Dave Bittner: [00:14:20] And joining me once again is Ben Yelin. He's a senior law and policy analyst at the University of Maryland Center for Health and Homeland Security. Ben, it's great to have you back. You sent over this interesting case. This is from the court of appeals of the state of Alaska. And it has to do with a laptop and personal privacy and so on. Dig in here. This is an interesting one.
Ben Yelin: [00:14:40] Yeah, it is. So a Fourth Amendment case that comes from the final frontier in Alaska - it involved an individual - a woman named Erin Pohland, who was a former assistant AG in that state. She was convicted for official misconduct. So the alleged crime was that she was using her position as a legal adviser at the Labor Relations Agency in Alaska to benefit her personal friend. Now, that personal friend was not an ordinary friend of hers. It was a close friend, and they happened to share an apartment. So this friend named Skye McRoberts, she owns what was essentially a large apartment, it seemed like. And Pohland, the defendant in this case, rented a portion of that apartment, which wasn't really separated by any physical barrier. So Pohland was the tenant, and her good friend was the landlord.
Ben Yelin: [00:15:32] Now, this good friend was suspected of her own financial crimes. So the police while they suspected that Pohland might have participated in some official misconduct - didn't have probable cause to get her, but they did have probable cause - they established probable cause to get a warrant to search Skye McRoberts' house for any evidence about her potential financial crimes. And as part of a search of their house, they uncovered the computer of the defendant Erin Pohland. And they searched that computer and contained within stored text messages was incriminating evidence that Pohland indeed abused her position of power. She engaged in official misconduct. And she was convicted.
Ben Yelin: [00:16:17] And the holding in this case was that the Alaska Court of Appeals overturned her conviction on a couple of grounds. And these get into really interesting digital privacy issues. For one, they said the computer is not like any other effects that exist in a person's house for Fourth Amendment purposes. So there's this sort of long-standing Supreme Court doctrine that if you get a warrant to search somebody's house, you can search everything in that house even if it doesn't belong to the owner, even if it belongs to a tenant. You know, and in the past, that's applied to things like physical files or notes or whatever other, you know, stuff, things you can find in a given residence.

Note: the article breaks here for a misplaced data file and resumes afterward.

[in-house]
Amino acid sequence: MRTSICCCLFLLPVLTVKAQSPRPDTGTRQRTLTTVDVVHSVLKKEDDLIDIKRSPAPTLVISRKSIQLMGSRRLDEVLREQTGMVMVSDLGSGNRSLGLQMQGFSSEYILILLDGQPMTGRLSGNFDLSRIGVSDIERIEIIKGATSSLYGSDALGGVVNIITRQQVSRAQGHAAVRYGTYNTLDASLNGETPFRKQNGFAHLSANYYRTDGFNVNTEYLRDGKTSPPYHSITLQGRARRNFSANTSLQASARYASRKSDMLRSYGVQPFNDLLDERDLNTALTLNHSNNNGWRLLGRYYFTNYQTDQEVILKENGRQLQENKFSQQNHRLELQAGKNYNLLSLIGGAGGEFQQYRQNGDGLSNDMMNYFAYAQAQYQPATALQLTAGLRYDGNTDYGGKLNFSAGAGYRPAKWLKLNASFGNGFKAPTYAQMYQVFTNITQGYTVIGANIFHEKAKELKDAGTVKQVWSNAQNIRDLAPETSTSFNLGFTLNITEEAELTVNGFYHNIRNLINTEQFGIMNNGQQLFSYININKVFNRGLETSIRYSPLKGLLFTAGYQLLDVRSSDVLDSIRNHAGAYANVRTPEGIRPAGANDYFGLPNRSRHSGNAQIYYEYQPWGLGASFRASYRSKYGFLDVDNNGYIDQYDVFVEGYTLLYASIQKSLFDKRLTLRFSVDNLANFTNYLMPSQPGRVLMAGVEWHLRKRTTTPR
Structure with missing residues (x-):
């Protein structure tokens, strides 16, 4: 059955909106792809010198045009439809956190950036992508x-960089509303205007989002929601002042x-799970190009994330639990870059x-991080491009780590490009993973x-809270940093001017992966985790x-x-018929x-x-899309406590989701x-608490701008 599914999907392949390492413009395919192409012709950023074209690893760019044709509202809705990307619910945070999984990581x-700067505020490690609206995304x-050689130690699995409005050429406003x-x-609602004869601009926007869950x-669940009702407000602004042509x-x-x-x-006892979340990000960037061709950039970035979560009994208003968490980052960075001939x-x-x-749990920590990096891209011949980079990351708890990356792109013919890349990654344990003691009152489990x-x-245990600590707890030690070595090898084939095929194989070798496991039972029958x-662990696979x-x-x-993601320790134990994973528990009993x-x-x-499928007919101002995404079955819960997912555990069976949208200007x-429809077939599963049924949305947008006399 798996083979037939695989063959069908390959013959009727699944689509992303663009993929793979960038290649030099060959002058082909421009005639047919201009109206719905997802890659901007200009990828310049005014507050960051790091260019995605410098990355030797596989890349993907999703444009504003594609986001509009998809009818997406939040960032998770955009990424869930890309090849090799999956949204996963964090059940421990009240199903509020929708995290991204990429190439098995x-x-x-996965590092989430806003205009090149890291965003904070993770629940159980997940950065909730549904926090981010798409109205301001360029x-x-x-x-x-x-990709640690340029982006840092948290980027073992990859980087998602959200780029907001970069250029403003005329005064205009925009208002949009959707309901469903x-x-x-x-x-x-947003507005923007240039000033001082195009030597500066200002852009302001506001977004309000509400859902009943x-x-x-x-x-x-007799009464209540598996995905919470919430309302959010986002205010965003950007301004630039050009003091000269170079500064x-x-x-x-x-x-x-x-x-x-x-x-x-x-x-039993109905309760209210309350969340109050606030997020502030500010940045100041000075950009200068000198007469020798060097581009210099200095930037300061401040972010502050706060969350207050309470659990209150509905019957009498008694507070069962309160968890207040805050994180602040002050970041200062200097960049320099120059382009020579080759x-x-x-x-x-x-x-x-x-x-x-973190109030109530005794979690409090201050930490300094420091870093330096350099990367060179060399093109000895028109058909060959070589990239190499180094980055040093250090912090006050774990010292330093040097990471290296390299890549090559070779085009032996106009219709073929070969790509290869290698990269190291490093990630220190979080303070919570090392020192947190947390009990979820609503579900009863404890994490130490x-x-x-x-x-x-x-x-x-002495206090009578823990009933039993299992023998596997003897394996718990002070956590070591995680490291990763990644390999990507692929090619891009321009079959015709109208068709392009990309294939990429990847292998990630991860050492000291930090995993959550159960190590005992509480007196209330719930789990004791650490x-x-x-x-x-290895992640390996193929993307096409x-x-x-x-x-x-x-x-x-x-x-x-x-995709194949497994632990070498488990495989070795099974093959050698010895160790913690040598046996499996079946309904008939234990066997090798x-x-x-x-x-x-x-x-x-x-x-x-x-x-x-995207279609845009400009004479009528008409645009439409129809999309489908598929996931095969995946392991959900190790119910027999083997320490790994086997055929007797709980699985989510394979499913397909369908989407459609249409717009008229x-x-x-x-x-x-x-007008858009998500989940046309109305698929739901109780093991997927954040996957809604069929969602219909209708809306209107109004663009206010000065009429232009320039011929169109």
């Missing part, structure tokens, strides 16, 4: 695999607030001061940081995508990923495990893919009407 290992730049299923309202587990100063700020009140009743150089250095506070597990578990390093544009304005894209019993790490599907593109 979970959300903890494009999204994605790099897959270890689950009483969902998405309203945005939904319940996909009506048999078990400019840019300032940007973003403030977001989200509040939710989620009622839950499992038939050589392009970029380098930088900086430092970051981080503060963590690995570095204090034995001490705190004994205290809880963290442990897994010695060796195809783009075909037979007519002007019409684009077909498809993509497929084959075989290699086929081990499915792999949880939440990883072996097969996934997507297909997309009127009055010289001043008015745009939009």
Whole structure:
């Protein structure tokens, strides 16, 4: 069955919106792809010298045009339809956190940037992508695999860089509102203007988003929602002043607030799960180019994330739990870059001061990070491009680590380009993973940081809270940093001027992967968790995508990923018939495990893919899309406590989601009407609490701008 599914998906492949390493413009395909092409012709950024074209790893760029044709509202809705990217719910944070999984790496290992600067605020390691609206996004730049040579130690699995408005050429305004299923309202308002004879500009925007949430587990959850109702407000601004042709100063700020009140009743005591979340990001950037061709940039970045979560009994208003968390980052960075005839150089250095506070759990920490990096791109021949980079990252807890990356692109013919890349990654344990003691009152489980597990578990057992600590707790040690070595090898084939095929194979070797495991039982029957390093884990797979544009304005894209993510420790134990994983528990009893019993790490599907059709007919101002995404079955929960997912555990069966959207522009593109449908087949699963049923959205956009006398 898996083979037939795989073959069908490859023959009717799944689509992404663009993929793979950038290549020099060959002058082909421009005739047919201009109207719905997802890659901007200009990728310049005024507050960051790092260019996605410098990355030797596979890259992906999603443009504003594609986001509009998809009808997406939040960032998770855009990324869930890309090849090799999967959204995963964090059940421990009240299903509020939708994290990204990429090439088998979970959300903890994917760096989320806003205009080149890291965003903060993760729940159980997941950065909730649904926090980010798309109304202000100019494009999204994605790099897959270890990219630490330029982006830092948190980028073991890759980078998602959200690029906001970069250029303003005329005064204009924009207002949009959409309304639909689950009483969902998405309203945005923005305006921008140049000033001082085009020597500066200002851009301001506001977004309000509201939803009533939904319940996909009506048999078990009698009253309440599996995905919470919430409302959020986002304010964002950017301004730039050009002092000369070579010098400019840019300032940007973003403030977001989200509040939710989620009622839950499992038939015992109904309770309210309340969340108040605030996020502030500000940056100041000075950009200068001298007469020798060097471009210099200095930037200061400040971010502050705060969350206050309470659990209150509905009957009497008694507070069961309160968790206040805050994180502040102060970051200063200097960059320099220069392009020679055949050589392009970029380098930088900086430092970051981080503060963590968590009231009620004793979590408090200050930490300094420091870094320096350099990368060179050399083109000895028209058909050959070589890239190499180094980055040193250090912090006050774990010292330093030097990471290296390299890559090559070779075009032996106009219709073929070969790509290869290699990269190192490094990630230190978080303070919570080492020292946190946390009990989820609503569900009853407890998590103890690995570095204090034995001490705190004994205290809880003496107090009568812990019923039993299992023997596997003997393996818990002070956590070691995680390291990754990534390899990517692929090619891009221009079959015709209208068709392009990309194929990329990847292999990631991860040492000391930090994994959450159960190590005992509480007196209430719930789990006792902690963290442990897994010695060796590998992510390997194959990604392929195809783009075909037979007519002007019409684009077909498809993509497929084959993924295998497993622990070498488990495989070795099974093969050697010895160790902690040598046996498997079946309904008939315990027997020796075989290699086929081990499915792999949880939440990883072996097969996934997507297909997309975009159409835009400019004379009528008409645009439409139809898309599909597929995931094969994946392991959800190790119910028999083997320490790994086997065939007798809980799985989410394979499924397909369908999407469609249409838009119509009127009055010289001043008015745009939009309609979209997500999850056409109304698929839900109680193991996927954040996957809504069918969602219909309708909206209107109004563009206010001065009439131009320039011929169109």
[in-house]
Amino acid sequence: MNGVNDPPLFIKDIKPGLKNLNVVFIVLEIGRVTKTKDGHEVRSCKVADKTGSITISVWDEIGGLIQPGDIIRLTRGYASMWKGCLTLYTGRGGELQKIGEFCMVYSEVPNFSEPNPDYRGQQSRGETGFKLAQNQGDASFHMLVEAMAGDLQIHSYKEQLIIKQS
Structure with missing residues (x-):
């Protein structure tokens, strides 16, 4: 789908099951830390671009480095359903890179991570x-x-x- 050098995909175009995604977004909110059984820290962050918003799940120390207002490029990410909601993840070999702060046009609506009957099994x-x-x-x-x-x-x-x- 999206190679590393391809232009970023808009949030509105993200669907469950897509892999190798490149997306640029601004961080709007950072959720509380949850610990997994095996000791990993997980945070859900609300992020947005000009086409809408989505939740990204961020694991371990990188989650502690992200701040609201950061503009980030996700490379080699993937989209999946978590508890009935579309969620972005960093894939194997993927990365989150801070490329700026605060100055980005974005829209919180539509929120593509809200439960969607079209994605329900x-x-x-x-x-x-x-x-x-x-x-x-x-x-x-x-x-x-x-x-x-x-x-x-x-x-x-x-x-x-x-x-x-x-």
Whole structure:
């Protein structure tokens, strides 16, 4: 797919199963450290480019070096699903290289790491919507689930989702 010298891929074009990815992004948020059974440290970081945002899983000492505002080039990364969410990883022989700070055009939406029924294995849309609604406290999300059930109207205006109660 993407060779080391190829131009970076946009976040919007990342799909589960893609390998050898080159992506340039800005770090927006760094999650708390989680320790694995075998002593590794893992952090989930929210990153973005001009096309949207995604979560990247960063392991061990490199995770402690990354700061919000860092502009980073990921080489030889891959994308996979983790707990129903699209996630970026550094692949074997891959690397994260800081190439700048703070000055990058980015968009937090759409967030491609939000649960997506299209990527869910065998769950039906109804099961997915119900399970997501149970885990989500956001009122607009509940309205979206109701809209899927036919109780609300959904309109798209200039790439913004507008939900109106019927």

Ben Yelin: [00:17:00] But what the court here is saying is that the computer is fundamentally different. It is personal. It contains our private secrets. And it shouldn't be considered just a standard effect, a thing that's lying around the house. In no real way, is that something - even though it's physically in Skye McRobert's house, does it belong to her? There's no evidence that Skye McRoberts was using Pohland's computer to hide evidence of her own crimes. And without that sort of suspicion, the government had no right to open this computer. You know, that's one of the profound holdings in this case that presents very significant Fourth Amendment issues.
Dave Bittner: [00:17:38] So help me understand the implications of this. Does this mean that if police are serving a warrant - a search warrant in someone's home, and they happen upon a laptop, can they - they can gather that laptop, but then do they have to go back to the judge and say, we'd like additional permission to dig into this laptop here?
Ben Yelin: [00:17:57] So if they have reason to believe that that laptop does not belong to the person named in the warrant, the implication of this decision is, yes, they would have to get a separate warrant to access that laptop because even though they were able to legally enter the physical space listed in the original warrant, this computer, for Fourth Amendment purposes, is not part of that physical space. It sort of exists in the ether. It's not like going into somebody's house and searching through their file cabinets because of how personal a laptop is and how much of an individual's private life can be maintained on that device and, you know, because it is presumably password protected in a way that the landlord in this situation couldn't gain access to it. So yeah, that is the natural implication here - is that you would need a separate warrant to access this device. This isn't just a thing lying around the house. This is something that's more deeply personal, that's more deeply revealing, and it merits its own Fourth Amendment protection. And I think that's continuing a broad trend in digital privacy that we've seen across a number of cases over the past several years.
Dave Bittner: [00:19:09] Yeah, it's fascinating. Ben Yelin, thanks for joining us.
Ben Yelin: [00:19:12] Thank you.
Dave Bittner: [00:19:17] And that's the CyberWire. Thanks to all of our sponsors for making the CyberWire possible, especially our supporting sponsor ObserveIt, the leading insider threat management platform. Learn more at observeit.com. The CyberWire podcast is proudly produced in Maryland out of the startup studios of DataTribe, where they're co-building the next generation of cybersecurity teams and technology. Our CyberWire editor is John Petrik, social media editor Jennifer Eiben, technical editor Chris Russell, executive editor Peter Kilpe. And I'm Dave Bittner. Thanks for listening.